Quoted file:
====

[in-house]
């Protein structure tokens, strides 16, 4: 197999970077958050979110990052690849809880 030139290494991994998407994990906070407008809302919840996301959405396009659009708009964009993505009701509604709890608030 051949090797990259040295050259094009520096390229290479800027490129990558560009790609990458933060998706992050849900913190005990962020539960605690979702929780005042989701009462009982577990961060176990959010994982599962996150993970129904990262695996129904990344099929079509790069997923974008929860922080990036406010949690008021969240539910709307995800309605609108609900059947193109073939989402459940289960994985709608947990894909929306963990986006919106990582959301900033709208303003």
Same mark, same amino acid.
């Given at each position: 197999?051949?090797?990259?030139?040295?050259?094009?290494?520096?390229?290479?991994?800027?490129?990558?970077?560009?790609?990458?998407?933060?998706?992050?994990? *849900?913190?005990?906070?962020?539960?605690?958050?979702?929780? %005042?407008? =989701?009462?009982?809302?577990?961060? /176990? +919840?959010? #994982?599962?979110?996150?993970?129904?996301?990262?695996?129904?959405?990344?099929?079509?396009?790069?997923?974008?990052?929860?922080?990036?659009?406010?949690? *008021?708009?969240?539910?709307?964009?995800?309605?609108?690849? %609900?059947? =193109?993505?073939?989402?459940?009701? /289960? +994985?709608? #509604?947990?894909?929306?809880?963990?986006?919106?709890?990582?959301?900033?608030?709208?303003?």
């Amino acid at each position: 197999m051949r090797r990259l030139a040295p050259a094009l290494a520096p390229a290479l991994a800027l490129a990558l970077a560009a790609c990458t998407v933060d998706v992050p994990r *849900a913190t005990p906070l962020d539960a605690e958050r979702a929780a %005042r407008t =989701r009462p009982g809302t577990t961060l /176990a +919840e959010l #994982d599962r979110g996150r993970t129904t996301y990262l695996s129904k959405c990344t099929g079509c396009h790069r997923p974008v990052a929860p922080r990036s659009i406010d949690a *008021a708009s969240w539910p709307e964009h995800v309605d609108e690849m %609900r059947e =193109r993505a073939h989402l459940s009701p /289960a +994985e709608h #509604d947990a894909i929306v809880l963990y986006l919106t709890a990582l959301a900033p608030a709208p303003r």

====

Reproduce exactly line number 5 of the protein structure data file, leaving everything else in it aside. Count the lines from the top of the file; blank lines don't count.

């Amino acid at each position: 197999m051949r090797r990259l030139a040295p050259a094009l290494a520096p390229a290479l991994a800027l490129a990558l970077a560009a790609c990458t998407v933060d998706v992050p994990r *849900a913190t005990p906070l962020d539960a605690e958050r979702a929780a %005042r407008t =989701r009462p009982g809302t577990t961060l /176990a +919840e959010l #994982d599962r979110g996150r993970t129904t996301y990262l695996s129904k959405c990344t099929g079509c396009h790069r997923p974008v990052a929860p922080r990036s659009i406010d949690a *008021a708009s969240w539910p709307e964009h995800v309605d609108e690849m %609900r059947e =193109r993505a073939h989402l459940s009701p /289960a +994985e709608h #509604d947990a894909i929306v809880l963990y986006l919106t709890a990582l959301a900033p608030a709208p303003r």